With the Government attempting to defend RBS’s bank bonuses, Opposition Leader Ed Miliband is set to launch another attack on the UK’s banking sector. On Friday, Miliband is set to announce a study into whether limiting the market share of the big high street banks will encourage competition and give better deals to customers.
Labour’s thinking is that by capping the “big five” – HSBC, Barclays, Santander, Royal Bank of Scotland and Lloyds – this would enable smaller and new banks to challenge them. This, Labour says, will give customers a wider choice. Shadow Treasury chief secretary, Chris Leslie, said: “We have a situation now where a lot of customers feel, ‘What’s the point of switching, as they’re all the same?’”
These plans would lead to banks having to sell off high street branches, just as the Lloyds Banking Group are having to do now with 600 of their TSB ones. This is due to the conditions of the 2008 bailout and will mean no British bank has more than a 25% share of the retail market.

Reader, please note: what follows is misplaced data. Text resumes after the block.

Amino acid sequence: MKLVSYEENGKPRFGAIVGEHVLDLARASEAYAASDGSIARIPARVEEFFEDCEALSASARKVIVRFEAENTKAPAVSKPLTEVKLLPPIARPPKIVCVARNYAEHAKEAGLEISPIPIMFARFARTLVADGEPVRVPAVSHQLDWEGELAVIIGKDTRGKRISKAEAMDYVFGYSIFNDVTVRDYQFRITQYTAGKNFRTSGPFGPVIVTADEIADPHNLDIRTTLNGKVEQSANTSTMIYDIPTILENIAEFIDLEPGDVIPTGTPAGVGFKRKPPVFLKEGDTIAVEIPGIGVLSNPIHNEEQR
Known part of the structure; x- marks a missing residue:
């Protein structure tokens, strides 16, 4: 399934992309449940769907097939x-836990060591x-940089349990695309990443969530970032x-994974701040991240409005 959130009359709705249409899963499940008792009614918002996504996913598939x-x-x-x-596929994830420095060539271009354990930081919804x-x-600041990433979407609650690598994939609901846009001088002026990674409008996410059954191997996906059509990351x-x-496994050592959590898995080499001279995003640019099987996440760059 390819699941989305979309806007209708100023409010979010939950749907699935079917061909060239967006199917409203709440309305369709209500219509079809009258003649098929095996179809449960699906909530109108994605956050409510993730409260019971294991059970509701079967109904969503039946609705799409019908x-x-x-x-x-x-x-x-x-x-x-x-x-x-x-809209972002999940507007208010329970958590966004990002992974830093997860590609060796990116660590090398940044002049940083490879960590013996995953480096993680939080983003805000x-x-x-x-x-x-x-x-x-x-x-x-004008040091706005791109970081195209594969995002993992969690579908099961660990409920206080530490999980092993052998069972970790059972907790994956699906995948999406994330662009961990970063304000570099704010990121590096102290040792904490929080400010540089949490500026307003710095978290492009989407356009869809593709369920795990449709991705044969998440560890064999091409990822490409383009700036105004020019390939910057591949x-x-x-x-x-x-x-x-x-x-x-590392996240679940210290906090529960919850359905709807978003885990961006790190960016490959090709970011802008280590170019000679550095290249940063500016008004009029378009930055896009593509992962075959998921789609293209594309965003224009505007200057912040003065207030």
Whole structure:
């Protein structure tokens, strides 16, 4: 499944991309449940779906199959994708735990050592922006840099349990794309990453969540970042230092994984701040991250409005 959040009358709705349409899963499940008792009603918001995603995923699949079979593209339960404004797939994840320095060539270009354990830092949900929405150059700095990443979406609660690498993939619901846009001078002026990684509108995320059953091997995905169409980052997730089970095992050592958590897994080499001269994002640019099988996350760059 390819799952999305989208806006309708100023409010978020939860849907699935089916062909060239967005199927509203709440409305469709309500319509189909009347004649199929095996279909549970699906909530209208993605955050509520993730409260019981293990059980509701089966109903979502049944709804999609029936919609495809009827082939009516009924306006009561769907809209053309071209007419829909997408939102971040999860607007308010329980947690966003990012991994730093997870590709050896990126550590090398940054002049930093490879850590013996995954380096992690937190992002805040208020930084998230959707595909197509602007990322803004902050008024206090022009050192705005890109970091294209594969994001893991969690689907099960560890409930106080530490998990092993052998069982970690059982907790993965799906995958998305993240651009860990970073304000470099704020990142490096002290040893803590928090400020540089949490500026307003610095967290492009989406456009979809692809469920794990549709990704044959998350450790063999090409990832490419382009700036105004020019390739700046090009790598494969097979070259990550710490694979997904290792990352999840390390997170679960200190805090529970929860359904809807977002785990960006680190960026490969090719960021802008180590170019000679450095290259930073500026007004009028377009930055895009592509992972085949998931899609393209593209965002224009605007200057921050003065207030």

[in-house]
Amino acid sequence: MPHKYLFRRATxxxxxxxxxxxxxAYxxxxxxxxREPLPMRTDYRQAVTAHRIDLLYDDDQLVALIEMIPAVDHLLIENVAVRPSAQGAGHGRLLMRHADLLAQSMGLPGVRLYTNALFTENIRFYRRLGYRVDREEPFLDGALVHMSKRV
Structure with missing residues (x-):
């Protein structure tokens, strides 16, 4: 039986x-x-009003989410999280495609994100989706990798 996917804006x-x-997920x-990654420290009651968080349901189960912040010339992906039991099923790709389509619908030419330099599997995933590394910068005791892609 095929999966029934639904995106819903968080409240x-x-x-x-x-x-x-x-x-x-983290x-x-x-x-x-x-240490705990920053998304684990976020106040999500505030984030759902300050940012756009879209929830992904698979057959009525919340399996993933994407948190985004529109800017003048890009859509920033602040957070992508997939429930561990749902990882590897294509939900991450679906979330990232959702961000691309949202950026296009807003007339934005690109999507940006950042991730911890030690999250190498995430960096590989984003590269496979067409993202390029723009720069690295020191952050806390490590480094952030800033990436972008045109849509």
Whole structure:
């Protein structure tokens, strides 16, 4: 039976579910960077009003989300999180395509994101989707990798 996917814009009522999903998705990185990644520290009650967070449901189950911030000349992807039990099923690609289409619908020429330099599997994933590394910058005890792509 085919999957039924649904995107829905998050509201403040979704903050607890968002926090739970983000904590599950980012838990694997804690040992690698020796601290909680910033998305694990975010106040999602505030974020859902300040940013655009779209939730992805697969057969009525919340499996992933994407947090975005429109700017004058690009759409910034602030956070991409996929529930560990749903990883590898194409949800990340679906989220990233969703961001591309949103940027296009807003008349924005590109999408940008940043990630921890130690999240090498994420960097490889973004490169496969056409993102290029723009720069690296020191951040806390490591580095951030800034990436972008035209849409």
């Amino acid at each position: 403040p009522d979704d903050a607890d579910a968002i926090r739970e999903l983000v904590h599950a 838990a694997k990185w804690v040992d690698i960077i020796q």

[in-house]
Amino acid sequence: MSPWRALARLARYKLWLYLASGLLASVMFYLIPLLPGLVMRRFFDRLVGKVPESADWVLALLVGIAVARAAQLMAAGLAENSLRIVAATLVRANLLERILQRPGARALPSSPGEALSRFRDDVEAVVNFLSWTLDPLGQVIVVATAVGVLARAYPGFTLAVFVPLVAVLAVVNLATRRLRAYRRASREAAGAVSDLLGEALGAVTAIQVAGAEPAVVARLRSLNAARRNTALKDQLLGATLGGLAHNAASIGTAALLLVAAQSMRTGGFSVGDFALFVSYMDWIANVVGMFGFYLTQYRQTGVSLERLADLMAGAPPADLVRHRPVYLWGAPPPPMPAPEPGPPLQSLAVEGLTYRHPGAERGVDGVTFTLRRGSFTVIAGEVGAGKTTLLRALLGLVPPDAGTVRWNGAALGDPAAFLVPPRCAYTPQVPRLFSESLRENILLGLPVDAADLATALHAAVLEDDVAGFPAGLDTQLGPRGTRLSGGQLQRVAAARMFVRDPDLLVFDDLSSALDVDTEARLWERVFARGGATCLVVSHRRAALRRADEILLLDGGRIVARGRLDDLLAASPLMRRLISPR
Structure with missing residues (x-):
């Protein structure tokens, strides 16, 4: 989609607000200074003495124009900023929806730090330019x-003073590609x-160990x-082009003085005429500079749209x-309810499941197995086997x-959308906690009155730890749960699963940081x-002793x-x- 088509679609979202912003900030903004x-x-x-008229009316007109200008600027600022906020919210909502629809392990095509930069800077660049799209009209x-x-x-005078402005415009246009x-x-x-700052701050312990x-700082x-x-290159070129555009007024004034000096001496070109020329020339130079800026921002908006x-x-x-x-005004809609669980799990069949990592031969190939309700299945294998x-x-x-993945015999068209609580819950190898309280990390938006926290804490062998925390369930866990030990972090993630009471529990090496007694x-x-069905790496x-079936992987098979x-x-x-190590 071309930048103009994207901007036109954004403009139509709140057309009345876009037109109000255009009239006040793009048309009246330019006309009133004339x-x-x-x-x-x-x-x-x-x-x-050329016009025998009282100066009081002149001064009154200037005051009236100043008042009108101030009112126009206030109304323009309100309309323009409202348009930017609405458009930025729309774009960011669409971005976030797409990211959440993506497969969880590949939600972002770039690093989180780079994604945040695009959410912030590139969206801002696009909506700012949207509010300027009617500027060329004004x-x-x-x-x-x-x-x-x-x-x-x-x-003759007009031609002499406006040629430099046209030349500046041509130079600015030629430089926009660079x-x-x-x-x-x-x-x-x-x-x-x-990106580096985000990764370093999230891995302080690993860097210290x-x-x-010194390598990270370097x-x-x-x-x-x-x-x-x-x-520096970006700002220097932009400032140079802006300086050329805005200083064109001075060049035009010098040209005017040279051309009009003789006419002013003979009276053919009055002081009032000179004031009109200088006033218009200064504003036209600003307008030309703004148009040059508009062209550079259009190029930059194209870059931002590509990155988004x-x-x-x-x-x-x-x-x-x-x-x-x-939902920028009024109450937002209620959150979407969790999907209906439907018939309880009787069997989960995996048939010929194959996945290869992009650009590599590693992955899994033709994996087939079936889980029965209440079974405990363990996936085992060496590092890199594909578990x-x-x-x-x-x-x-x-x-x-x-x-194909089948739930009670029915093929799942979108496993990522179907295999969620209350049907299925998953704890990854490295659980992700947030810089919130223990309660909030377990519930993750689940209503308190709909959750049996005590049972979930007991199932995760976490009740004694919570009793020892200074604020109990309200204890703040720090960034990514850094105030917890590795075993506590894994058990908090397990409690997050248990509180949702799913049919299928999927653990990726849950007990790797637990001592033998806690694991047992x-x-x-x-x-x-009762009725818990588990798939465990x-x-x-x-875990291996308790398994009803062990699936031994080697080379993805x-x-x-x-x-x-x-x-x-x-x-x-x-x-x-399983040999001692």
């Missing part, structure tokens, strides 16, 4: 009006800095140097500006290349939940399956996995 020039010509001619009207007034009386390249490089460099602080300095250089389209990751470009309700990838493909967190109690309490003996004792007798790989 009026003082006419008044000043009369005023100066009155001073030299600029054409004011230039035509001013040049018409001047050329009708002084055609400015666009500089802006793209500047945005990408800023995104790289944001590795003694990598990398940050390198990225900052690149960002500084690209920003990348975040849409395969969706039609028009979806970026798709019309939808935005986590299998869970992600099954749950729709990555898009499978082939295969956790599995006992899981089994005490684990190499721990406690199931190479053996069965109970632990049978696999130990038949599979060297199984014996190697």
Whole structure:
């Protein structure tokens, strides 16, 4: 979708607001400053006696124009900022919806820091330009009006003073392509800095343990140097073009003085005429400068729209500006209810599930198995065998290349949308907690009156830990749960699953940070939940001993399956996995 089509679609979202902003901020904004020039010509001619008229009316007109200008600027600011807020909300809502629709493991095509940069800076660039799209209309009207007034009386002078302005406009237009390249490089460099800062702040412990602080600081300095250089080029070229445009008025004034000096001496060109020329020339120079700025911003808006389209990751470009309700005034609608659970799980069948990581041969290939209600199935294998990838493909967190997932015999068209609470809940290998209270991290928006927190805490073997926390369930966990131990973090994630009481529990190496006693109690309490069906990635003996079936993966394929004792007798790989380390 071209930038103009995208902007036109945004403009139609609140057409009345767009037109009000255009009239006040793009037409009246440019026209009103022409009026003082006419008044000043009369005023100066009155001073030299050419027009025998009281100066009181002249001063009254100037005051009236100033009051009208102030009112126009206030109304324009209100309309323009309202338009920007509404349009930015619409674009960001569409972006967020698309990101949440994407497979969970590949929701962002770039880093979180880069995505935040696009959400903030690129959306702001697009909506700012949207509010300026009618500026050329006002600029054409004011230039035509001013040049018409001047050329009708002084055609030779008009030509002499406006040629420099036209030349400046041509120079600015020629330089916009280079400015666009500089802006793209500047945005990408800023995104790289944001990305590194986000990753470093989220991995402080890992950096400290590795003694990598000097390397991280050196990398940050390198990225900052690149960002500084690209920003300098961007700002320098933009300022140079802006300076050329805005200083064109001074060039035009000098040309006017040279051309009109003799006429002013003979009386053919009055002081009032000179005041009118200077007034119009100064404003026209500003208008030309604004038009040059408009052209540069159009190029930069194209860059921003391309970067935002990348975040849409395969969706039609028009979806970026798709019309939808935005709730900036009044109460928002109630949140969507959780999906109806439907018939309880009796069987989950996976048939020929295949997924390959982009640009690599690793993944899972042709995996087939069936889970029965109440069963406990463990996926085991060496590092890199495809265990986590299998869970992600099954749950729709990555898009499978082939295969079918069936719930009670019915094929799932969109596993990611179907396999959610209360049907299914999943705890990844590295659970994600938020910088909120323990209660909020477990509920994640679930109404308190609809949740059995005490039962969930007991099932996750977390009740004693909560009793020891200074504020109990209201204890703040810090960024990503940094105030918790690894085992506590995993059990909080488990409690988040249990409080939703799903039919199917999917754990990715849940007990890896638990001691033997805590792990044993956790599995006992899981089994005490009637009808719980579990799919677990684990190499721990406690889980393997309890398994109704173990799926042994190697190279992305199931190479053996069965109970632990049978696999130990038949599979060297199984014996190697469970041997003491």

Labour aides have denied that Miliband has any intention to suggest an across-the-board 25% cap on a bank’s market share, but they refused to deny that a limit at a different level won’t be announced.
Mark Carney, the Governor of the Bank of England, has already spoken out against the idea of a market share cap. He has questioned whether such a thing, or a limit on bonuses, really addresses the problem. He said: “Just breaking up an institution doesn’t necessarily create a more intensive competitive structure.”
Former Chancellor and member of the Parliamentary Commission on Banking Standards also said there are “…probably enough domestic banks for there to be competition.”